OLYMPIA — State Democratic lawmakers have filed bills to delay the payroll tax that funds WA Cares until July 2023, and allow more people to opt-out of Washington’s first-of-its-kind long-term care program.

The legislation comes after months of critiques by opponents and questions from state residents over the new program, which is styled as a social insurance program and is funded by a .58% payroll tax on workers.

That payroll tax was set to begin Jan. 1 of this year, just days before lawmakers begin their regularly scheduled legislative session this coming Monday.

But last month, Gov. Jay Inslee announced that in light of concerns — including over people who will pay the tax but never receive benefits — the state wouldn’t collect the assessment from employers before April.

If passed, the two bills filed this week could dampen some criticism of the program. It would also delay the payroll deduction on workers until after the 2022 elections, and would let more people opt-out before that tax begins.

House Bill 1732 would delay the tax on Washington workers until July 1, 2023, according to a copy of the legislation. The bill is sponsored by House Majority Leader Pat Sullivan, D-Covington, and former speaker Rep. Frank Chopp, D-Seattle. Neither lawmaker responded to requests for comment.


Under the legislation, any premiums that have been collected before that date would be refunded by the state within 120 days.

In an email, Inslee spokesperson Tara Lee wrote that the governor continues to support “WA Cares as he believes it will help a lot of people.”

“The governor has also said that he agrees that the Legislature needs to make some fixes and adjustments to the program,” Lee added. “The governor is urging the Legislature to take this up as soon as they convene and move quickly toward resolution.”

Approved in 2019 by Democratic legislators and signed by Inslee, WA Cares is intended as the first social insurance program of its kind in the nation, helping people pay for care for themselves in old age or sickness.

Beginning in 2025, eligible beneficiaries could start claiming up to $36,500 to pay for necessities like meal preparation, assisted living or nursing care, transportation and respite for family members providing care.

As the program began ramping up last year ahead of the new payroll tax, however, a host of concerns bubbled up.


Some focused on Washington workers who will pay into the program but never receive benefits.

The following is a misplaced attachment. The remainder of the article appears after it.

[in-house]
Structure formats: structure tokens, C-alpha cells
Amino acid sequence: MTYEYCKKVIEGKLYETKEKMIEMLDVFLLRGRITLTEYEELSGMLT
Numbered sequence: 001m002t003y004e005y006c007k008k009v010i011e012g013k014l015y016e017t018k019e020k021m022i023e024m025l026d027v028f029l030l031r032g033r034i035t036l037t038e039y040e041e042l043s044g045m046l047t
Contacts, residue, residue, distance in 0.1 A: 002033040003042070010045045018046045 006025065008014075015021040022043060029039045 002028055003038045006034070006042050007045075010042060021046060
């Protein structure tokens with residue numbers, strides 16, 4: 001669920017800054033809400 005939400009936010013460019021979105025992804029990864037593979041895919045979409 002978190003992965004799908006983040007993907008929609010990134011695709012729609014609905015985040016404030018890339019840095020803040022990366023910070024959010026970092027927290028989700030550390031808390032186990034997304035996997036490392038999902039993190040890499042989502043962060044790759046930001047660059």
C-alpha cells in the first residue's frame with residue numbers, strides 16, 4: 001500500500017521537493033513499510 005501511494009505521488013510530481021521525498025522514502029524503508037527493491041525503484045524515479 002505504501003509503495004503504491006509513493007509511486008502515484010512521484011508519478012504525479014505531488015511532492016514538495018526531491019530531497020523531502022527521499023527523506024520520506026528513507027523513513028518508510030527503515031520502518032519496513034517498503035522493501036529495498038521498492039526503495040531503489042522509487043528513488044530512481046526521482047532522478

That includes roughly 150,000 people who are working in the state but have permanent residences elsewhere, like in Idaho or Oregon.

Other people potentially excluded are older adults who might not yet be vested to receive a benefit before they retire in the next few years; those who ultimately leave to retire in another state; and military families rotating in and out of Washington.

A second Democratic bill filed this week seeks to address some of those issues.

Sponsored by Rep. Dave Paul, D-Oak Harbor, House Bill 1733 would allow some people not likely to receive benefits or who already have some coverage to opt out of the program and the payroll tax.

The estimated 150,000 people working in Washington but living in other states could opt out, according to a copy of that bill. Temporary workers with nonimmigrant visas can also opt out under the legislation.


Additionally, spouses or partners of active military and some disabled veterans will also be able to opt-out. People could start the exemption process in January 2023, according to the legislation.

Paul, whose district includes Island County, which has a large number of veterans, said he “started talking to House leadership in April or May about some of these concerns.”

He reiterated his support for the program as a way to allow older people to age in their own homes: “I’m proud that our state is tackling this.”

WA Cares has been roundly criticized by Republicans, who voted against the program in 2019.

Rep. Peter Abbarno, R-Centralia, has introduced legislation to repeal WA Cares. While his House Bill 1594 isn’t likely to go far in the Democratic-controlled Legislature, Abbarno is urging lawmakers to come up with another approach.

Abbarno said he supports “incentivizing and working with private industry with better plans that are maybe more affordable.”


While the critiques of WA Cares may have given Democrats political heartburn, conservatives have experienced their own setback just days ago.

Conservative activists had been gathering signatures for an initiative that if successful would have allowed state residents to opt out of the payroll tax and benefits at any time. That would have potentially gutted the program by depriving it of revenue.

But activists announced last week that they had not gathered enough signatures for Initiative 1436 by the year-end deadline.